The latest wonder drugs being touted are 'Ruxolitinib', which is usually used to treat blood diseases, and 'Tofacitinib', which is usually used to treat rheumatoid arthritis. Both are drugs known to inhibit JAK enzymes and both of which seem to prompt "rapid and robust hair growth when applied to the skin" in average mice, when applied externally to their skin (as opposed to internally, where presumably they work as expected). 

Three Messengers Of Hope .... For Some

Now despite these stories being picked up in the press again this week, in fact the Xeljanz (tofacitinib) drug results were being trumpeted about a year ago, when reports said that a man had grown back his hair after a scant eight months of treatment with the drug (internally) ... it was this that had prompted further investigations.

Scientists from The University of Columbia found that any drugs that block the Janus kinase (JAK) family of enzymes promoted this growth when applied to the skin by rapidly awakening resting follicles out of dormancy. They extended the experiment to human hair follicles that had been developed in a lab, then skin grafted onto mice with similar results.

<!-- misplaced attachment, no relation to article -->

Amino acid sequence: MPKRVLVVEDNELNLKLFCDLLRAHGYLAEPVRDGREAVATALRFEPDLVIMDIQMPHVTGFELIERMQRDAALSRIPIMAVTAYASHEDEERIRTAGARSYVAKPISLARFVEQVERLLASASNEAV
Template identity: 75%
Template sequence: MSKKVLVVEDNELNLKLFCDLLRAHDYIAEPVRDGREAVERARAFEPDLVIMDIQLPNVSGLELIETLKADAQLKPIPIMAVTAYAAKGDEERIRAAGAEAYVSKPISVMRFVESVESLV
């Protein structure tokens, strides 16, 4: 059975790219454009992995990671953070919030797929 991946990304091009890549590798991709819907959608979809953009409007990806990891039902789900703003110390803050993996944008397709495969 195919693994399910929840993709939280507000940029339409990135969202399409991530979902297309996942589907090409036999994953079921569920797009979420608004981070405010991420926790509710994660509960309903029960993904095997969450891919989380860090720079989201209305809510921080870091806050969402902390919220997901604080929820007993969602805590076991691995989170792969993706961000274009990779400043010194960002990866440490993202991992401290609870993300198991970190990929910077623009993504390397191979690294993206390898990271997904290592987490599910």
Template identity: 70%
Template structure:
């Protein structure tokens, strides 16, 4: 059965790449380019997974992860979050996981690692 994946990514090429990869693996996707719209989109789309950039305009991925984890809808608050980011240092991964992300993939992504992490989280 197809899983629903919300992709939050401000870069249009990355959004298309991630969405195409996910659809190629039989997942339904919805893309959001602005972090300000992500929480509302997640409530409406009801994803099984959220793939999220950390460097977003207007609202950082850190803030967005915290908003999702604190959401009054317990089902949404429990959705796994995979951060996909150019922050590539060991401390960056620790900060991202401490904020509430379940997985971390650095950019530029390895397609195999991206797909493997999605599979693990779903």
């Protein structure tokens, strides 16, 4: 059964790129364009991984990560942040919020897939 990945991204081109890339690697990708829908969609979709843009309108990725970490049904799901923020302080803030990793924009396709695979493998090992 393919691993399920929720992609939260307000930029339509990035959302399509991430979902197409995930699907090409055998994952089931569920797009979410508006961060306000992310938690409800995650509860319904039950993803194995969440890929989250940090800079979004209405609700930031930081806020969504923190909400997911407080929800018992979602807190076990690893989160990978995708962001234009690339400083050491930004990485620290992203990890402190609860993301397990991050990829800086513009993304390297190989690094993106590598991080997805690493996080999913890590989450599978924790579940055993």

However, and you kind of knew there would be a however didn't you? Although described as "promising", the researchers admitted that they haven’t yet "shown it’s a cure for pattern baldness".

And therein lies the rub so to speak, because the great folicular breakthrough, would probably be a cheap way to cure pattern baldness .... well actually, from the drug companies point of view, a permanent cure would not actually be great, what they would want was a treatment that worked with no side effects, but that had to be reapplied every few weeks .... that would be the ideal.

So in the meantime, all that can be said is that more work needs to be done to test if JAK inhibitors can induce hair growth in humans, using formulations specially made for the scalp. There are of course two possible markets here:

1) Those desperate young men who are currently losing their hair, and its these who are the market who will pay almost anything to:

(a) Stop further loss, and
(b) Regrow some hair